There’s a wealth of personal data for compliance-minded crypto startups to cross-check – if only they can bridge it over to Web 3.
Doing that without sacrificing user control is an appetizing prospect for Burrata, a new identity startup building developer tools that on Thursday said it raised $7.75 million from payments company Stripe and crypto venture firm Variant.
The seed round also included IDEO CoLab, Slow Ventures, Baller, Stratos and a bevy of crypto personalities and anons.
The promise of decentralized identity is a more seamless internet with fewer clunky passwords and identity checks. Plenty of companies are trying to solve it, sniping competitors’ execs and raising serious venture cash in a race to rethink KYC.
Solving for the personal identifiable information (PII) equation in crypto is critical if the industry is to further grow, Burrata co-founder Ian Place, a Chainalysis vet, told CoinDesk.
The industry’s worth some $2 trillion now, he said. If it is to 50x that, it must first nail down compliance.
That’s no easy task: small crypto projects lack the cash and headcount to navigate compliance burdens that established corporations readily weave, Place said. Decentralized ideals further complicate matters; DEXs and dapps with servers full of personal data are anathema to the Web 3 ethos.
Even so, vetting PII is table stakes whenever money’s involved online. Identity, credit scores and social network reputation metrics “will help make the Web 3 markets much more efficient,” and accessible to the non-crypto crowd, said Osama Khan, who previously worked at customer data platform Segment.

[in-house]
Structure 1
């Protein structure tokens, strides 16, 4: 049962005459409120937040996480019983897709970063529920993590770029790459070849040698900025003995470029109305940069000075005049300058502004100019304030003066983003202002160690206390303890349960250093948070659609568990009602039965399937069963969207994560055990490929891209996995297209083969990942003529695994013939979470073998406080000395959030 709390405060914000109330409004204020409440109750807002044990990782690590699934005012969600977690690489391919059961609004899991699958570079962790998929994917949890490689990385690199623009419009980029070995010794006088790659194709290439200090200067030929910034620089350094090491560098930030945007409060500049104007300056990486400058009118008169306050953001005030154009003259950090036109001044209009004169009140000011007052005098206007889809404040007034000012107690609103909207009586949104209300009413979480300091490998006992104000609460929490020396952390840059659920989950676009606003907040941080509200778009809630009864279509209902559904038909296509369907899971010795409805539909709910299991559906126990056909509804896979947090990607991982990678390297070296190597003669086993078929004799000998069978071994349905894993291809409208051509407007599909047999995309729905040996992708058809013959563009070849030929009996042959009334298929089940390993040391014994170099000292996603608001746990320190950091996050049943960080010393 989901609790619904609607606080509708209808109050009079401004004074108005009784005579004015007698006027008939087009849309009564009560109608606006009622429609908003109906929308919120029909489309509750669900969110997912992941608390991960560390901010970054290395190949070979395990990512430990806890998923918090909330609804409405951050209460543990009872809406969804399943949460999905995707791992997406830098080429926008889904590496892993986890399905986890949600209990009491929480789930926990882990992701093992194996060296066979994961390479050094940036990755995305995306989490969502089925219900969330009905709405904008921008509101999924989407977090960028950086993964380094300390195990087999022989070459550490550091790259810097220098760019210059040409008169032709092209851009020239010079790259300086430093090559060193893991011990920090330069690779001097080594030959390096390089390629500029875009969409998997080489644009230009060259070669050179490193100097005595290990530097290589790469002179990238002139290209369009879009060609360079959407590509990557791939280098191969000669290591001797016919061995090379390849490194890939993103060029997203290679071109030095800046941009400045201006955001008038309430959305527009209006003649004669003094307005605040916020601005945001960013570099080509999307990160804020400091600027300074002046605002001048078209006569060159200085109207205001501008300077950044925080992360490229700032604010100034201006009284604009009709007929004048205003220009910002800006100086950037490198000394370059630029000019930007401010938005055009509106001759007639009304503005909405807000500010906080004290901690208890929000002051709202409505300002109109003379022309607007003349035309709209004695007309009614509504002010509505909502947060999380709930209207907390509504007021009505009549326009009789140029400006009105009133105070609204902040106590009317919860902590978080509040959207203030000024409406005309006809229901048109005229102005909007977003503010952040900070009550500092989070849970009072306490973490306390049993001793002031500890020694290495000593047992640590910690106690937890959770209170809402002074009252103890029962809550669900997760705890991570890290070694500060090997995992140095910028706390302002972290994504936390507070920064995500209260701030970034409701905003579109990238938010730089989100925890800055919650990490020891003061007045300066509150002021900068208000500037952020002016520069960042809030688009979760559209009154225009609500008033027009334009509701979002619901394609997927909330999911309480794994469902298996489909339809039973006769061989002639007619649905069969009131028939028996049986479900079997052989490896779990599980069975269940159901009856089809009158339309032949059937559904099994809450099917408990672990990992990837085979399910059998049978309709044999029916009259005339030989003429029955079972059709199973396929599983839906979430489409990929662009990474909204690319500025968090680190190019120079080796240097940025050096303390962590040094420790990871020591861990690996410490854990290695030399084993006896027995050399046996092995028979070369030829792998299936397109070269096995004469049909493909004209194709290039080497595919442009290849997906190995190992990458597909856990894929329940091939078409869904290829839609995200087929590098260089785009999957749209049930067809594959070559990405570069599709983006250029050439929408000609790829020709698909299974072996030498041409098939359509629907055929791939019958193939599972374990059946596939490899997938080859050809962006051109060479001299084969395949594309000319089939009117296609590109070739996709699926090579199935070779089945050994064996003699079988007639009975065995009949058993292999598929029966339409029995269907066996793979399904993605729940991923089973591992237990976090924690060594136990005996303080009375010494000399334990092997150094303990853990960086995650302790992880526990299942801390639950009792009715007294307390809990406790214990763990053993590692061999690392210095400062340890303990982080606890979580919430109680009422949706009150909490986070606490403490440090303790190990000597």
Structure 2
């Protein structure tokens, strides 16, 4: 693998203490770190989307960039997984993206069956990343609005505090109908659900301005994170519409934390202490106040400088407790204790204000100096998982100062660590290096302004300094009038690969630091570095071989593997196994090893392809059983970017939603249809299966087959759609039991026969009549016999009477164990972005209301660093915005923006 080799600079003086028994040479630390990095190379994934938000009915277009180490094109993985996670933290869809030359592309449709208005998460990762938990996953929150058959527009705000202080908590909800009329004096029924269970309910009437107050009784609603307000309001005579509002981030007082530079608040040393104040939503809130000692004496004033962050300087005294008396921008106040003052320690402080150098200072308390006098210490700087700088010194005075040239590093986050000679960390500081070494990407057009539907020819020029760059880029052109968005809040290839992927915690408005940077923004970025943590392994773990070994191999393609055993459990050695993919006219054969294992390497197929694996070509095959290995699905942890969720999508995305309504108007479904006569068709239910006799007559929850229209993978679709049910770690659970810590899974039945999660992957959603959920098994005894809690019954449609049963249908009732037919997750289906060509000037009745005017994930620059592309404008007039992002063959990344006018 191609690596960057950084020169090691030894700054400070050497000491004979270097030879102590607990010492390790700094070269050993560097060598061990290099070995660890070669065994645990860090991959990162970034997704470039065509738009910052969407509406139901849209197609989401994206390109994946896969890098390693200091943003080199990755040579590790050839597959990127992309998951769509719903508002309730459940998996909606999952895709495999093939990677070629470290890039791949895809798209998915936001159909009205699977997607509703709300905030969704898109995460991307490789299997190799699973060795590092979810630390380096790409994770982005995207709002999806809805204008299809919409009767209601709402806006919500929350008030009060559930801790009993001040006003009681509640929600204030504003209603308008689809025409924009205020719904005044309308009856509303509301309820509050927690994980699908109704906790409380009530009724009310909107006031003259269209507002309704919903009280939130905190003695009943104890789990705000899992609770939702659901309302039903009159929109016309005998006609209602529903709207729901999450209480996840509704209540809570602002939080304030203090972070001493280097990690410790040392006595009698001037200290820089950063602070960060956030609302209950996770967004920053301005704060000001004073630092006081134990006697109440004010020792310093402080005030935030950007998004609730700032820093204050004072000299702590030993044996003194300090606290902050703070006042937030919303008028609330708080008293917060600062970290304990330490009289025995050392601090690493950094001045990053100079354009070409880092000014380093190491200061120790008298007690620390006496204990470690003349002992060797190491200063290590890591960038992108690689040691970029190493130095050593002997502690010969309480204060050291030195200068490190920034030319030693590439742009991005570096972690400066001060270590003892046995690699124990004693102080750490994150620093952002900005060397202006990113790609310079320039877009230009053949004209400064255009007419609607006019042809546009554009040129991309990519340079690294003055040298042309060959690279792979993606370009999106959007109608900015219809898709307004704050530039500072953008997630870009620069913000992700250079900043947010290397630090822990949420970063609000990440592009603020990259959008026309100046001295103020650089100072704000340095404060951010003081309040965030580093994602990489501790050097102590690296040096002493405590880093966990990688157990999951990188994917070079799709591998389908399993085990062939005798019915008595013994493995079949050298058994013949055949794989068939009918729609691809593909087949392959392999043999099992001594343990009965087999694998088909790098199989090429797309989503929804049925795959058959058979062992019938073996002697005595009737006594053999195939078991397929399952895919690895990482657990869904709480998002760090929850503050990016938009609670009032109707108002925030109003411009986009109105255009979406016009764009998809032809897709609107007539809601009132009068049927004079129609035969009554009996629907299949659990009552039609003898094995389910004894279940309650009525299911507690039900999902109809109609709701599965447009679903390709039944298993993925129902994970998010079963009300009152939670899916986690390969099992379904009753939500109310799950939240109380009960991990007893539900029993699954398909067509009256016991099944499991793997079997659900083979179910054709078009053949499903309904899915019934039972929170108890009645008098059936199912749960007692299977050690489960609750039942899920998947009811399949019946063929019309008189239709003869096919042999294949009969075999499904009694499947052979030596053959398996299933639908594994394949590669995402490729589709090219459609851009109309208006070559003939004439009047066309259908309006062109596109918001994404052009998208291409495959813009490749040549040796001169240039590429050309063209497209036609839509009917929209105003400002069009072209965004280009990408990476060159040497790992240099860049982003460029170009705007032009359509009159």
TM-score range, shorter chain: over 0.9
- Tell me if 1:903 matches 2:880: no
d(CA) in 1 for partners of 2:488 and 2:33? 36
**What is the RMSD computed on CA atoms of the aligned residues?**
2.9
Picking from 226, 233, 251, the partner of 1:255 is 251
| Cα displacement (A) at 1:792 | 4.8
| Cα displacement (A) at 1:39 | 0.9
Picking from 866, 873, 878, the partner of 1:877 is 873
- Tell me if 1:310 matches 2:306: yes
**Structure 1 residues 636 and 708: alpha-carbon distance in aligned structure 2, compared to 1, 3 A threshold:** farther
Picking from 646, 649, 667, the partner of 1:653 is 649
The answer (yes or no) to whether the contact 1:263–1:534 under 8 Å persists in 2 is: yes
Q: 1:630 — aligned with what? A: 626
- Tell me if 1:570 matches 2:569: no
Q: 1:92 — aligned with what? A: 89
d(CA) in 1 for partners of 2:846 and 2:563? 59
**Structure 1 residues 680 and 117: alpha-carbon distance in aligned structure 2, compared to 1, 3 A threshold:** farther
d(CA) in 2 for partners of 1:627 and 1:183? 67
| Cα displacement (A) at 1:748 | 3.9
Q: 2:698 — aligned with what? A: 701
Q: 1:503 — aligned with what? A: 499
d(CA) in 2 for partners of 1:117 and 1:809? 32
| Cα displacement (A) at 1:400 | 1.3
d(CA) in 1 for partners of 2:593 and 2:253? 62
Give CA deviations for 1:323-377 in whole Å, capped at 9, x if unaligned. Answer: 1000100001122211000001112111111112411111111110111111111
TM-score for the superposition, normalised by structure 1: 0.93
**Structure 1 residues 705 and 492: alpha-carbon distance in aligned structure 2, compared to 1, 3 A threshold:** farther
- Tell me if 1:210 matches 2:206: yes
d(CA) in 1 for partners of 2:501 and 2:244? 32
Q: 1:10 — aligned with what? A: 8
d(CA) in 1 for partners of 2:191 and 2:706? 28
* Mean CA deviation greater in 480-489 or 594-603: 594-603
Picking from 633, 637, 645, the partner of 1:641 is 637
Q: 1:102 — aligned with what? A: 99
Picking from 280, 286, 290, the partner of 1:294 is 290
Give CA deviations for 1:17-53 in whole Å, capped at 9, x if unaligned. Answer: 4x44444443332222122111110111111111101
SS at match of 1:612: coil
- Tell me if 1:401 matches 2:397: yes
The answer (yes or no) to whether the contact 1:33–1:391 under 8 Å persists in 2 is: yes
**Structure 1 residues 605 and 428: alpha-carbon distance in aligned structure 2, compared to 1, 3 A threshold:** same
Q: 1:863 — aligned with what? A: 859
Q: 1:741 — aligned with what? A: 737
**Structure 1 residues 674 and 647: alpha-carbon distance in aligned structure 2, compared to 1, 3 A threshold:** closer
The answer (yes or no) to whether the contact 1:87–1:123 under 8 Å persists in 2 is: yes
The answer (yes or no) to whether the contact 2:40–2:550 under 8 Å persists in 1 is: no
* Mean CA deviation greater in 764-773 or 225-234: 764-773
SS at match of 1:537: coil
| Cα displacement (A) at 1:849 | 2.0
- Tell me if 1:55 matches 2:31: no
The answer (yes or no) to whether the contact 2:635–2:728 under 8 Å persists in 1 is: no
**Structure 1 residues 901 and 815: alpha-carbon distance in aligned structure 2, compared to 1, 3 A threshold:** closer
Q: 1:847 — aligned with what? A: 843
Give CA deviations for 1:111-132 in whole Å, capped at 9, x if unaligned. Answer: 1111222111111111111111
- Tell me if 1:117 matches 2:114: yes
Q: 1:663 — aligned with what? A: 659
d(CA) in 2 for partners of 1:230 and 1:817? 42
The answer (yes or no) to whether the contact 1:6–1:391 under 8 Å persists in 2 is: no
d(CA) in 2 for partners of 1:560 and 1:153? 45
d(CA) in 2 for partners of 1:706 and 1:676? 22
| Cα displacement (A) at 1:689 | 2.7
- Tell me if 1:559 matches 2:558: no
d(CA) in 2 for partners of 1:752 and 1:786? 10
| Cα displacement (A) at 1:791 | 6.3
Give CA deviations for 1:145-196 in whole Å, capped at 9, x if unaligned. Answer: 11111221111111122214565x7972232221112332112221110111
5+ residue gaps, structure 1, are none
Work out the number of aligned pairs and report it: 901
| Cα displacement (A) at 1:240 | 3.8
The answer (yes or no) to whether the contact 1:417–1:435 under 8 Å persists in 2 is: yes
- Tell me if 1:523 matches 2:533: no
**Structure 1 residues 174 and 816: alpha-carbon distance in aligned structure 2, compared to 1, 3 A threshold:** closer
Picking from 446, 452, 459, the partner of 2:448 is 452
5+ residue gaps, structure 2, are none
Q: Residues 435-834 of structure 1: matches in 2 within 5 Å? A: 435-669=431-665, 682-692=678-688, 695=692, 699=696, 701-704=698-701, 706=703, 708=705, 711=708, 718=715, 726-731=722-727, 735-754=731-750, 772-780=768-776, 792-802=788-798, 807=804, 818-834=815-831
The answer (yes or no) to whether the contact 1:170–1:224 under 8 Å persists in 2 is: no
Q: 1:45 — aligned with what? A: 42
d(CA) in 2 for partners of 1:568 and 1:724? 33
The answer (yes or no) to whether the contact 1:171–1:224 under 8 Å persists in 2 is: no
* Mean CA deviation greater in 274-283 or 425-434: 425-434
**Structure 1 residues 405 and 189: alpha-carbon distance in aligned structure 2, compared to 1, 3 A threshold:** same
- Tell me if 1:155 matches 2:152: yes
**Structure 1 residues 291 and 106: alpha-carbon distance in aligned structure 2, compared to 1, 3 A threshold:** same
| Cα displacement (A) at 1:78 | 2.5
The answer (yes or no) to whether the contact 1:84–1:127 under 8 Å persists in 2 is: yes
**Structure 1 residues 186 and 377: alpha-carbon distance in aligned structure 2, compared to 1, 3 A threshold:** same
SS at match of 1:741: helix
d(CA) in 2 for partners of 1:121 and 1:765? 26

Burrata’s solution is to issue “digital identity tokens” composed of those data points. Once set up it sticks with the user’s wallet, letting them pass through KYC gates without re-verifying or forking over their data.
Khan said Burrata creates the tooling and infrastructure necessary for projects to check all their compliance boxes without standing up PII servers. They can reject problematic users while avoiding centralized record-keeping. Likewise, users can “revoke” their token at any time.
“This is 100% consumer-owned data,” he said.
The company – a Delaware C-corp – is for now investor- and founder-owned. “But there’s a token warrant,” Khan said, leaving the door open for “progressive decentralization” down the road.
Doing a Burrata token too early could get in the way of the project’s development and economics, he said. And users won’t have to pay to access the service, so a token isn’t entirely necessary.
“Once we have some of that core tech figured out, we’re gonna definitely look into progressive decentralization,” he added.
Early next year a handful of Burrata integrations should start to go live, the developers said.
“Identity is a key ingredient for the growth of DeFi,” said Jesse Walden of Variant. “Not only does it invite more institutional participation, it’s also an unlock for democratic governance of user-owned networks, which could help ensure fairness and neutrality as they scale.”
The business imperative of Web 3 compliance was enough to get CMS Holdings on board as an investor.
“Compliance is the salt of the earth,” the crypto investment firm’s Twitter account told CoinDesk in a message. “Always money in a banana stand.”